Jonathan Rush, Director
What can designing lighting to support people with neurodiversity teach us about our general design practices?
In part one, I discussed my initial findings that can help the wider design processes with those who are neurodivergent. Below are key lessons which can be helpful to follow when thinking about specific lighting.
Lesson 1: We are excluding people when we generalise design for an average “person”. There is no such thing as an average person, and we need to design better.
Looking at the general lighting advice for supporting those with neurodiversity, there are a few main themes that should be considered for internal and external spaces. Based on “PAS 6463:2022 Design for the mind – Neurodiversity and the built environment – Guide”, the following should be considered:
In Internal spaces
• Avoiding high contrast between light and shade
• Maximising natural light and managing sunlight glare with blinds
• Provide views with the ability to mask view if overstimulating/distracting
• Reduce glare and avoid “bright” spots
• Provide flexible lighting for personalised control
• Use lighting to aid intuitive wayfinding
• Lighting must be flicker free
• Warmer colours preferred from light sources that are more natural (i.e. a broader spectral range)
• Avoid fast adjustments in lighting levels such as movement sensors which switch on / off quickly
In External Spaces
• Lighting should support natural wayfinding
• Provide safe and secure spaces
• Provide downward light
• Reduced contrast between light and shade
• Do not direct light into people’s faces
• Change in light level gradually to manage eye adaptation between light and dark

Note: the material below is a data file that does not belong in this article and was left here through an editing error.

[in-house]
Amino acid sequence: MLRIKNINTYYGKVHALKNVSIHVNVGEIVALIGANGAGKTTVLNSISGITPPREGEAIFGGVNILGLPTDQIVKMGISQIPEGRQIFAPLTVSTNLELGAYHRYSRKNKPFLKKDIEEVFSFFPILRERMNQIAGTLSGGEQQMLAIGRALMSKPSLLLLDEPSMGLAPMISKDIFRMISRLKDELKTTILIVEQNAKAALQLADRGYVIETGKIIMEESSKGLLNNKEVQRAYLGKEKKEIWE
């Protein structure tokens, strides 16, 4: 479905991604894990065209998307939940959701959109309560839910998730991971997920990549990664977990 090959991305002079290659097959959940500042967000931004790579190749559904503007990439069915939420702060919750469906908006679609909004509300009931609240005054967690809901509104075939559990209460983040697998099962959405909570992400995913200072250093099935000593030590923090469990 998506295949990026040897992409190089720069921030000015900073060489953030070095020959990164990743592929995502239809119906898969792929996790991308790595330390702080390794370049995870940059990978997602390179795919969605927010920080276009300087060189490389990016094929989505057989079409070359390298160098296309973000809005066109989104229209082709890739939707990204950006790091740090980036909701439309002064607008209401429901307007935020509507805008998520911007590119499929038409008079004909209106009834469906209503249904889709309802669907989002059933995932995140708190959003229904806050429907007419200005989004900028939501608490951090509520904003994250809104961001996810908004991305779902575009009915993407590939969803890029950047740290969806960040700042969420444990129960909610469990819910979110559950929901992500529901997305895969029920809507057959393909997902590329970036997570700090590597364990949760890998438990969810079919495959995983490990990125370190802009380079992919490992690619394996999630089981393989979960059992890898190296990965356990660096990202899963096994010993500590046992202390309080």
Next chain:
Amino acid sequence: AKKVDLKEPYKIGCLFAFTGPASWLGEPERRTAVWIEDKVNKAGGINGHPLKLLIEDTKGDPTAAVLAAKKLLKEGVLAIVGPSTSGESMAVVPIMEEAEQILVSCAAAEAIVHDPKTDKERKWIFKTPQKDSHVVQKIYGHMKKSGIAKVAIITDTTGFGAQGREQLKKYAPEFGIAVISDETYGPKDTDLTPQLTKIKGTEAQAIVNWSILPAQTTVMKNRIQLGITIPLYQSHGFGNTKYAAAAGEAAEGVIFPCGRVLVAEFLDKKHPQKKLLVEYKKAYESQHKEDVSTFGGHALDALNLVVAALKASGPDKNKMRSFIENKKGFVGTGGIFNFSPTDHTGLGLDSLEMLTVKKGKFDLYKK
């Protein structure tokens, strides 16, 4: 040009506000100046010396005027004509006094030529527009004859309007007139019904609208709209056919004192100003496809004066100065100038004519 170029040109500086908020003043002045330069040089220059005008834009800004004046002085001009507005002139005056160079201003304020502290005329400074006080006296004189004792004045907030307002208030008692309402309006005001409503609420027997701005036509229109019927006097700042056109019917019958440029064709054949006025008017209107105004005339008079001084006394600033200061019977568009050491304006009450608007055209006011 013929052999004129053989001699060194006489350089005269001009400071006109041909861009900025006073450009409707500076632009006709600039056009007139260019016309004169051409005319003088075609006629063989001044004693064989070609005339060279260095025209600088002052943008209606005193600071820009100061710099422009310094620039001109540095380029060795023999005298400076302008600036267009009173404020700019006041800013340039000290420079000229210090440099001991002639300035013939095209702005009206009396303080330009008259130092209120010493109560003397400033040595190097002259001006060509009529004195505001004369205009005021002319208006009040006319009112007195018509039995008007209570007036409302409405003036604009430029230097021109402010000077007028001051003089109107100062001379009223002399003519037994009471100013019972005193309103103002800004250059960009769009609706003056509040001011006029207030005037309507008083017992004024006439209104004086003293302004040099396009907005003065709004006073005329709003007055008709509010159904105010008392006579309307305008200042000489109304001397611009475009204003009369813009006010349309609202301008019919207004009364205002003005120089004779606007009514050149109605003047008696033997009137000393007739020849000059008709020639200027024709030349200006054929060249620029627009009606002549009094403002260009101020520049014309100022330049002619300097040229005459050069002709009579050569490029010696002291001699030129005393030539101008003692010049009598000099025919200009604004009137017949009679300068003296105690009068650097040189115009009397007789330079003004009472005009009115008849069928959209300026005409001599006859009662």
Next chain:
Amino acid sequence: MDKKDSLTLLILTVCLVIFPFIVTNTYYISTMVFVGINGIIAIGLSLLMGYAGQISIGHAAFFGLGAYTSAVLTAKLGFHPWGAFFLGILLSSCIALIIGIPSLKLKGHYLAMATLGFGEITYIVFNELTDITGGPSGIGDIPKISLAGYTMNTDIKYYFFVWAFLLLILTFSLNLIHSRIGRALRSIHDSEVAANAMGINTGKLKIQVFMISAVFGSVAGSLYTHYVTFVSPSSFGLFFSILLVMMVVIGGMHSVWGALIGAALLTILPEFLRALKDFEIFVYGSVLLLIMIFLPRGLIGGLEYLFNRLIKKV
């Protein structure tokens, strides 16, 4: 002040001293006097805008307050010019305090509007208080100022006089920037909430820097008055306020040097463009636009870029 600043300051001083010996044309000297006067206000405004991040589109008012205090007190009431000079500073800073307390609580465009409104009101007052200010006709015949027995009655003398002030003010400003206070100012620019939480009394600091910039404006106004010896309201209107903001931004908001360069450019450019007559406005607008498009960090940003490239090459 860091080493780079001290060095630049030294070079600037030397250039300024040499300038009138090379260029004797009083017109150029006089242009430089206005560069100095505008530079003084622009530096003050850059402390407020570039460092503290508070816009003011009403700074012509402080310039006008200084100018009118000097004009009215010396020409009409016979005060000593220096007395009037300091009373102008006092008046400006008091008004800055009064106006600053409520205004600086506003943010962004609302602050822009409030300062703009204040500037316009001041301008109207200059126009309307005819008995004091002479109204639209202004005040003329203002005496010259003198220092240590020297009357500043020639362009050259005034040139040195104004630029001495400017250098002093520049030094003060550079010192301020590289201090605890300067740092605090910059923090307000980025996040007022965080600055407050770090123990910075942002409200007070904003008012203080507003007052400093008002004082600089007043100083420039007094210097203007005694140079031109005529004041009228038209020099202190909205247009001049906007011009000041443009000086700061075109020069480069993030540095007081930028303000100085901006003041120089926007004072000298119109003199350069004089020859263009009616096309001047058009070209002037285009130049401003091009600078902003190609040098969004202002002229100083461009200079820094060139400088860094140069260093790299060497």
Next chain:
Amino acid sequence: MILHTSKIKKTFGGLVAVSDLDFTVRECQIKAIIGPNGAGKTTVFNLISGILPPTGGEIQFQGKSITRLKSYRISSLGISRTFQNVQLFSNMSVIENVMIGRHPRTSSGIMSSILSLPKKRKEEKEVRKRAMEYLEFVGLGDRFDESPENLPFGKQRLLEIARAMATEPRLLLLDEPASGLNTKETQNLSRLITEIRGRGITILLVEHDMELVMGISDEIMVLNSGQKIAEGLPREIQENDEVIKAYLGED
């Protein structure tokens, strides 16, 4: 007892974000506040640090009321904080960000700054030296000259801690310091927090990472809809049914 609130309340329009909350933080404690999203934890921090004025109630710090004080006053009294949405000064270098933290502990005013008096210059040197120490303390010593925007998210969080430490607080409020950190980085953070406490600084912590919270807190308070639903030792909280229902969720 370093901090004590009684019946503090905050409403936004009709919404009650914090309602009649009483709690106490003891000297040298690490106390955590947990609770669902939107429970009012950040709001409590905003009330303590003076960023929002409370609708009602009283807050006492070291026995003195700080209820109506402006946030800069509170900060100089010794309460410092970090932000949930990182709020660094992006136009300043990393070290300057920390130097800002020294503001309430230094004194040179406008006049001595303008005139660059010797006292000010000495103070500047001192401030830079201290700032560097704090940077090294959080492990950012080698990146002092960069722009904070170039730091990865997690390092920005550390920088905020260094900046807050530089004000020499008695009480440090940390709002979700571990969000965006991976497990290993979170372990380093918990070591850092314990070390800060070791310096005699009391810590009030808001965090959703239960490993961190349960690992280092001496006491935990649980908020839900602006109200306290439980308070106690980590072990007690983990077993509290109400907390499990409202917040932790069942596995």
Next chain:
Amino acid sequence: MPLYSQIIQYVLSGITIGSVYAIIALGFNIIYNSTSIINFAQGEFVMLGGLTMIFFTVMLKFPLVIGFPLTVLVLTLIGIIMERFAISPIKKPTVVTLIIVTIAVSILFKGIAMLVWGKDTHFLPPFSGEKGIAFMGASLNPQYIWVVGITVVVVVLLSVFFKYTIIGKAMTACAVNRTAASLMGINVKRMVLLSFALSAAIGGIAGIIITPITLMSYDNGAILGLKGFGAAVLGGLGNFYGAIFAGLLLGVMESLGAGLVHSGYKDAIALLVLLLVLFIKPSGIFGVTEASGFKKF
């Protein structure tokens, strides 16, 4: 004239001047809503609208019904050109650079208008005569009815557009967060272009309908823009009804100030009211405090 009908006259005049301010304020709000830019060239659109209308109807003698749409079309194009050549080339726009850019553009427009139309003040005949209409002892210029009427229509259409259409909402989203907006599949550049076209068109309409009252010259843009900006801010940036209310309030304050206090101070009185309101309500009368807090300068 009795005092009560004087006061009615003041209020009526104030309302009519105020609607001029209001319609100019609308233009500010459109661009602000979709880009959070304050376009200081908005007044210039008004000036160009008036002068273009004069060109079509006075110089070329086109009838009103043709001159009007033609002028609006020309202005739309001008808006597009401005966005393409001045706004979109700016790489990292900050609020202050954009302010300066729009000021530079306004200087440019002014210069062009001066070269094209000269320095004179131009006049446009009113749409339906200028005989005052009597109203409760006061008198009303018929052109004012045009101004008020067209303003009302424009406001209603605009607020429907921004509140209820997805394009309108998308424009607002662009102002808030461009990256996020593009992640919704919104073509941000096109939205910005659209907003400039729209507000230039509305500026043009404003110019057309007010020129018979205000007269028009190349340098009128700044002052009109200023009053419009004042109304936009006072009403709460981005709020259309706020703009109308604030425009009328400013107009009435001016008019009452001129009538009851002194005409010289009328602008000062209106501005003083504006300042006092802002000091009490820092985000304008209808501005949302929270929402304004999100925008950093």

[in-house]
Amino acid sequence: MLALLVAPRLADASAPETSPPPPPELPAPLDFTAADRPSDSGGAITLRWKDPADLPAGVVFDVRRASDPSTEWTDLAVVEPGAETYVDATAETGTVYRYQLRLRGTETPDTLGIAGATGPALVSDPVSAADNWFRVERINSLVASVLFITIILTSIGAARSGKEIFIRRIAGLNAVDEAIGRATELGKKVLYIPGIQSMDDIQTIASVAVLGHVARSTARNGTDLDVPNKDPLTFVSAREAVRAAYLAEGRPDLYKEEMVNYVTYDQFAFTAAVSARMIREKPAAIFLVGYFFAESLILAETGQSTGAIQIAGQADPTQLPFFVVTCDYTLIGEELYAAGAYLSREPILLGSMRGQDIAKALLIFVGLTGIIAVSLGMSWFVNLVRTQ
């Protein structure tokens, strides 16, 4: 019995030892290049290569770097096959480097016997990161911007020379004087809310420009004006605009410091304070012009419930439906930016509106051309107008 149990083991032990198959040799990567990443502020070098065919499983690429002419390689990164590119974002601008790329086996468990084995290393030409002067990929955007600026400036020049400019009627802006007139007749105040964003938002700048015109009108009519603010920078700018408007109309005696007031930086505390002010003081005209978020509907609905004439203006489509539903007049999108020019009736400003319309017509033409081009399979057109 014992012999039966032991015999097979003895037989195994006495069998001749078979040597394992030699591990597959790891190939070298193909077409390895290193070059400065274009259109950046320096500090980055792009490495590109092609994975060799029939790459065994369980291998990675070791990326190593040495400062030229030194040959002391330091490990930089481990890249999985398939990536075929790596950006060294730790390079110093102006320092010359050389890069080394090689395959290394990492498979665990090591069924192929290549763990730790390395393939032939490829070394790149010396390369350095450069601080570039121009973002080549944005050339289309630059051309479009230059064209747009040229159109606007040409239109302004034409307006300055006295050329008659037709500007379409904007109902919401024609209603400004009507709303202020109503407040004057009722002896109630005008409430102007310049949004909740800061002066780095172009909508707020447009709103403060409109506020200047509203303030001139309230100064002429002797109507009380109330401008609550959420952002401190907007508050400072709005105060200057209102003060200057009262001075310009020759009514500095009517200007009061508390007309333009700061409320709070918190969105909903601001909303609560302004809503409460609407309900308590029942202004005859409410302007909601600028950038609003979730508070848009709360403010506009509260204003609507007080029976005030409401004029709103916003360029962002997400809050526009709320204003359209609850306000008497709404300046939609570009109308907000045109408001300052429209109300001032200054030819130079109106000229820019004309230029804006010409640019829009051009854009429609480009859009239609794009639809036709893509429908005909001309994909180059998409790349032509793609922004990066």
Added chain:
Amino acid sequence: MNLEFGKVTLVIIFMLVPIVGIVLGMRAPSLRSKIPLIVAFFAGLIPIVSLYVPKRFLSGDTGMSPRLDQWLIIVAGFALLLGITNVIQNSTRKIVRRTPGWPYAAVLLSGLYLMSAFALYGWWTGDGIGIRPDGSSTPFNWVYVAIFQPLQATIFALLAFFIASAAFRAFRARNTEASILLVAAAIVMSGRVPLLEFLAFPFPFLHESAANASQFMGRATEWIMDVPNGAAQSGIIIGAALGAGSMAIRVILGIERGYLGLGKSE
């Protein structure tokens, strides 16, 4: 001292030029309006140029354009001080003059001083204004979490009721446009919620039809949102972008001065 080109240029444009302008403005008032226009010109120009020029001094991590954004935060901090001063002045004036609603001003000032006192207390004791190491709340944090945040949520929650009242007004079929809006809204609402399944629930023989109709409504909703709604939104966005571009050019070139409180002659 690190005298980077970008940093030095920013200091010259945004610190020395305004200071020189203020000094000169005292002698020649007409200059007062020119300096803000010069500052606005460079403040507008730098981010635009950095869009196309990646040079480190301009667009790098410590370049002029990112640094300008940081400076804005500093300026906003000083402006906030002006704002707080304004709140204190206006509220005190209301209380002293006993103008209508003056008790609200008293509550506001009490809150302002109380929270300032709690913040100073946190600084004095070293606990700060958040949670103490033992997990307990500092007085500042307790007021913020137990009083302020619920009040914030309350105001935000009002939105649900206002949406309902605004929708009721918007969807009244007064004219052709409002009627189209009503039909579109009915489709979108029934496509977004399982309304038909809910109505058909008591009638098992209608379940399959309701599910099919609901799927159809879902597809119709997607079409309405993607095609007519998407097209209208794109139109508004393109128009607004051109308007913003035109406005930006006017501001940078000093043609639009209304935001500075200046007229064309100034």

• Avoid fast transitions in lighting level and lighting colour
• If coloured light is proposed – consider if the colour selected impacts the legibility of the space or area making wayfinding less easy
Lesson 2: Many of the best practice requirements would be preferential for neurotypical people too, even though they do not need them to navigate space comfortably.
For example, personalised control, low glare, natural light and warmer, more natural colours of white lighting, would be on many people’s wish list for most interior spaces.
The interesting point is that much of the “best practice” advice for neurodiversity is just good practice for lighting design of spaces. This could either mean we have become used to low-quality spaces, ‘but most people can handle it so it’s fine’, or we have not spent enough time listening to people to find out what they want. The lighting guidance document is a really useful tool – but a tool nonetheless and nothing should replace getting to know the aspirations and needs of the people that use the spaces and designing for them.
Maybe the reliance on guidance has pushed us into a very narrow way of thinking where humans are packaged into a homogenous group with no divergence or variation in preference? The guidance always states that it is just guidance and that it is for the designer to make a judgement on how to use the information, but the reality is that designers are risk-averse and often lack the time needed to deviate from target values.
If we could take a more human-centric design approach to spaces, we could create much more inclusive spaces and environments that people feel a real connection to.
The spaces would be designed for them and their needs – after listening to what they like and don’t like. We need to get used to asking people about the spaces they want, listening to their responses and being more open to modifying spaces over time as their needs change. This may also help our sustainability targets as a space that is designed to change and flex with need will last longer and require less full-scale refurbishment.
Taking all this on board, I can’t help but propose my own lesson 3: Instead of designing by technical memorandum, guidance, or standards, we need to ask people about their needs, listen and utilise the findings.
We need to understand that there is no single right answer, but many right answers. We need to get more comfortable with change of spaces over time as people and their requirements change. Ultimately we should design this flexibility into the spaces we create.